College Sports

At 5-foot-7, Isiah Hennie comes up big for Sacramento State football

Sacramento State wide receiver Isiah Hennie, standing with teammates at practice Thursday, overcomes his small size with toughness, guile and determination.
Sacramento State wide receiver Isiah Hennie, standing with teammates at practice Thursday, overcomes his small size with toughness, guile and determination. rpench@sacbee.com

Sacramento State wide receiver and kick returner Isiah Hennie is used to the incredulous looks when he tells folks that he plays football.

“One of my professors was like ‘Really?’ and chuckled when I told him I was a football player,” Hennie said. “He asked how big I was, and when I told him, he was like ‘Oh, wow! So do you play?’ 

As it turns out, the sophomore plays a lot, even though at 5-foot-7 – Hennie says “5-7 1/4 ” with a smile – and 150 pounds he is one of the smallest players in Division I football.

The San Diego product has had a big impact and is a bright spot this season for Sac State (1-6, 0-4 Big Sky Conference), which will play its homecoming game against Idaho State (2-5, 1-3) on Saturday at Hornet Stadium.

Hennie enters the game ranked first in the Big Sky and sixth in the Football Championship Subdivision with 560 combined yards in kickoff and punt returns. He tops the Hornets with 869 all-purpose yards and is No. 2 in receiving with 29 catches for 308 yards and two touchdowns.

In less than two seasons, Hennie has 1,179 kick-return yards, fifth on Sac State’s career list.

In the Hornets’ season-opening win over NAIA Eastern Oregon, Hennie returned a punt 67 yards for a touchdown. In last year’s win over Menlo College, another NAIA school, he returned a kickoff 89 yards for a score. He is believed to be the only Sac State player to return a punt and kickoff for touchdowns.

He’s proved he often can overcome his size disadvantage with toughness, guile and determination. As a youth football Mighty Mite, he was a 53-pound defensive end.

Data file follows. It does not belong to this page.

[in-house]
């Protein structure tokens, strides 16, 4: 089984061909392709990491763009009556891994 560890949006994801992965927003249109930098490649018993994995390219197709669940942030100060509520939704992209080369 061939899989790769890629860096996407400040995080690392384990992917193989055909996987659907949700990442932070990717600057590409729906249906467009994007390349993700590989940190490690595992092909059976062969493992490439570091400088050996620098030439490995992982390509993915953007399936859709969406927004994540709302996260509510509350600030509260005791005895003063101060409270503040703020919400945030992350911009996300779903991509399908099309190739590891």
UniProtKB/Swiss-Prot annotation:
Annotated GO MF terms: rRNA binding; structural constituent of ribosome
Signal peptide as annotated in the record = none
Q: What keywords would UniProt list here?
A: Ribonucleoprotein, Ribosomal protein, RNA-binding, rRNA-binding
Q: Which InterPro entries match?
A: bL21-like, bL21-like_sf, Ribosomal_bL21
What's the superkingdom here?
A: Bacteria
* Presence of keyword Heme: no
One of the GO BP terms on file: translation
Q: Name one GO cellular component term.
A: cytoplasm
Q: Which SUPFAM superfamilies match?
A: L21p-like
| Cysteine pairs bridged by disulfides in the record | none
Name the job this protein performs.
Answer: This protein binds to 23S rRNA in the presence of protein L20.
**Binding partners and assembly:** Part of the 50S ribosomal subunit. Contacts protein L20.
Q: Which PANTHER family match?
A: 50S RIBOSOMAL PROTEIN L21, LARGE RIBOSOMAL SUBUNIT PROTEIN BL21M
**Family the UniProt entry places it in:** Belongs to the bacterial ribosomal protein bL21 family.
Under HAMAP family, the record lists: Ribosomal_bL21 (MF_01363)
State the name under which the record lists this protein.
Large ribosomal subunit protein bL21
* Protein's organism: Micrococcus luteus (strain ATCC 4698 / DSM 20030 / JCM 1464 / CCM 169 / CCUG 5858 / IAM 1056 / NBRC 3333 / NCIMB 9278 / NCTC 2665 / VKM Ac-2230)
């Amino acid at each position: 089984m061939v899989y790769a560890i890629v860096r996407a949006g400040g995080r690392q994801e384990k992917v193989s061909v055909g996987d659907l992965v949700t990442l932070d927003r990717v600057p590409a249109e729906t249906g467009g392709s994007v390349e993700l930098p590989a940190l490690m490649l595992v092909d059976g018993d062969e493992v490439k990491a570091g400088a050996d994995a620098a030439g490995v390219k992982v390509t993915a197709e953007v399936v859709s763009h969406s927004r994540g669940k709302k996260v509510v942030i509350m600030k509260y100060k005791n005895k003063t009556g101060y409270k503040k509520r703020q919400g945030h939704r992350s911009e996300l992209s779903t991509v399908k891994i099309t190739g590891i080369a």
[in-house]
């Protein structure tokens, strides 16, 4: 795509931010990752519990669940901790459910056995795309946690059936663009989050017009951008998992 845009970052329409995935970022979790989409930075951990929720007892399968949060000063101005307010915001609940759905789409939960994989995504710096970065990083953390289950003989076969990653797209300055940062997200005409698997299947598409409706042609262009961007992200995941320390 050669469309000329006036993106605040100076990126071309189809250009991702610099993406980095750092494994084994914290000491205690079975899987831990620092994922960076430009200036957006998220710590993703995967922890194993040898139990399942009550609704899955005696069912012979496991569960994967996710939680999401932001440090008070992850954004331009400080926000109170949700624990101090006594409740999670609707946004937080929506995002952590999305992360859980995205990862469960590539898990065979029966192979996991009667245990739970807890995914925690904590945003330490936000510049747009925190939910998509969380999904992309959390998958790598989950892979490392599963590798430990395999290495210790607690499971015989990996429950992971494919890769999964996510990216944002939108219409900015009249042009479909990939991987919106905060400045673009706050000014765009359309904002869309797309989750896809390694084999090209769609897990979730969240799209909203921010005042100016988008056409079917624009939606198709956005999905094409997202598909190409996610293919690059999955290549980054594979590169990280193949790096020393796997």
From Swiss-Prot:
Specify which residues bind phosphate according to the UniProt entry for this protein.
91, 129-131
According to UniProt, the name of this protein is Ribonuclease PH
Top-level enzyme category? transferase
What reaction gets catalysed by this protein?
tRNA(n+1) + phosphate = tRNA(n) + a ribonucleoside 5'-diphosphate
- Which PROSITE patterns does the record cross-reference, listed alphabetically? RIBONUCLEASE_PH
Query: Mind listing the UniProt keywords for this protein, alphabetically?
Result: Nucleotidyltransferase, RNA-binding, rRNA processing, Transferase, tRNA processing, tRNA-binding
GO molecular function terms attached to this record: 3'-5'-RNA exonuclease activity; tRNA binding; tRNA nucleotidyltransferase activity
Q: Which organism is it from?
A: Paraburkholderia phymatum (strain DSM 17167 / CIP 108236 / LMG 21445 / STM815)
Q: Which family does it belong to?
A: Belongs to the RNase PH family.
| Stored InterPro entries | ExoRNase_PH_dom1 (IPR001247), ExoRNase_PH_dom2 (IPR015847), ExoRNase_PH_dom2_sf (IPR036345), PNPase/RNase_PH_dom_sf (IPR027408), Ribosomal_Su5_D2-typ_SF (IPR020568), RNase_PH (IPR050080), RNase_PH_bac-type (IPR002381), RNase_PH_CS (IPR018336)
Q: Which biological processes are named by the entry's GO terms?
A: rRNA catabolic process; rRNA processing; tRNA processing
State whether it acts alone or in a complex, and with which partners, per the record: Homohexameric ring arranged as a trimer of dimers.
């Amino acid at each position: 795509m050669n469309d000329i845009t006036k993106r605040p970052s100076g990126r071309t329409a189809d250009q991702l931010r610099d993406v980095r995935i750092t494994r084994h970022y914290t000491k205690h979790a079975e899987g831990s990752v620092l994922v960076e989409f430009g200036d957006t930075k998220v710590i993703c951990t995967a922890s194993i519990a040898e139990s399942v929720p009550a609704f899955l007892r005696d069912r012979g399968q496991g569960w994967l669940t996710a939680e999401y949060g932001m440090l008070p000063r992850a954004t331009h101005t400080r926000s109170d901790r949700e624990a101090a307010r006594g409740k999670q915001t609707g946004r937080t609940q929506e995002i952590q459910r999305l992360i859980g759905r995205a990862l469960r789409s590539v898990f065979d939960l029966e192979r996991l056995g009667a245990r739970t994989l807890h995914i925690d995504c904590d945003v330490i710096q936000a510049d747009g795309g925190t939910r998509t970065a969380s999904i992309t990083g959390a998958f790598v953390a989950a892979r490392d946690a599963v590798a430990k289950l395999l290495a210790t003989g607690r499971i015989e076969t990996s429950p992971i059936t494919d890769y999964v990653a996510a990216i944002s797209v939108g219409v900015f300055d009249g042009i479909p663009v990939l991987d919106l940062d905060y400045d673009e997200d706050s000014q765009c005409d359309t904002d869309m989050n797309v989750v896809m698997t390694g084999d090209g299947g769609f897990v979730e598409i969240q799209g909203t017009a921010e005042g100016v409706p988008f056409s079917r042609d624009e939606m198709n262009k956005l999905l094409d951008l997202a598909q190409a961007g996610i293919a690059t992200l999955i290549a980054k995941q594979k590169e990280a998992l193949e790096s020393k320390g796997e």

As a senior at San Marcos High School in North San Diego County in 2013, he caught 102 passes for 1,521 yards and compiled 2,265 all-purpose yards. He was named second-team all-state, All-San Diego Section and the Valley League Offensive Player of the Year.

He weighed 129 pounds.

Hennie played in 11 of 12 games last season for Sac State as a true freshman and has played in all seven games in 2015. He has played as light as 142 pounds in college.

“It’s hard for me to keep weight on during football season,” Hennie said. “But God has blessed me. I’ve been able to stay healthy.”

Sac State coach Jody Sears said Hennie sets a tremendous example as he tries to fill the sizable cleats of former Hornets All-American DeAndre Carter, another undersized wide receiver now with the Raiders.

“He’s got the heart of a lion,” Sears said of Hennie. “He’s everything you want in a player and in a leader. The (lack of size), I get it. But come watch him work, watch him practice, watch him play.”

Sears said Hennie is a huge asset for a young Hornets team trying to find its way offensively with its three top quarterbacks sidelined by injuries and true freshman Nathan Ketteringham now taking snaps.

“Space is his friend,” Sears said. “You couldn’t tackle the son of a gun in a phone booth, he’s so quick. If you give him that opportunity, he’s going to get some big yards for you.”

Hennie has almost a sixth sense of avoiding full-on contact from bigger, stronger players coming at him from various angles to make a tackle.

“That’s something in my toolbox that I got blessed with,” he said. “I’m able to shield my body, so even if I don’t make them miss completely, they’re only going to get half of me. I’m not running out of bounds, but I’m doing everything to protect my body.”

Despite his size, Hennie got some recruiting looks in high school, mainly because scouts came to look at 6-foot-6, 280-pound tackle Kevin Estes, now at Wisconsin. But Hennie said Sac State wide receivers coach and recruiter Jason Pollock offered a scholarship whereas larger schools offered only walk-on opportunities.

“Coach Pollock was persistent,” Hennie said. “I saw how badly they wanted me. That’s a good feeling when you are 17 years old and in high school.”

Getting a scholarship also was important because his mother, Ingrid, always encouraged him to play and dream big.

“My mom is my inspiration,” he said. “She raised me to be a tough little kid and not to take anything from anybody.”

Bill Paterson: 916-326-5506, @SacBee_BillP

Small players, big impact

How Sacramento State’s Isiah Hennie compares to five other Division I college players who are playing big for their size this season:

Player

College

Pos.

Ht.

Wt.

Key statistics

Isiah Hennie

Sac State

WR/KR

5-7

150

869 all-purpose yards;

29 catches, 308 yards

Ernest Calhoun

Kent State

WR

5-6

151

11 catches, 141 yards

Isaac Ellsworth

Georgetown

RB

5-6

160

522 kick-return yards

Willie Quinn

Southern

WR

5-5

145

962 all-purpose yards

Desmon White

TCU

WR

5-7

150

19 catches, 258 yards

Donte Deayon

Boise State

DB

5-9

150

4 interceptions, 27 tackles

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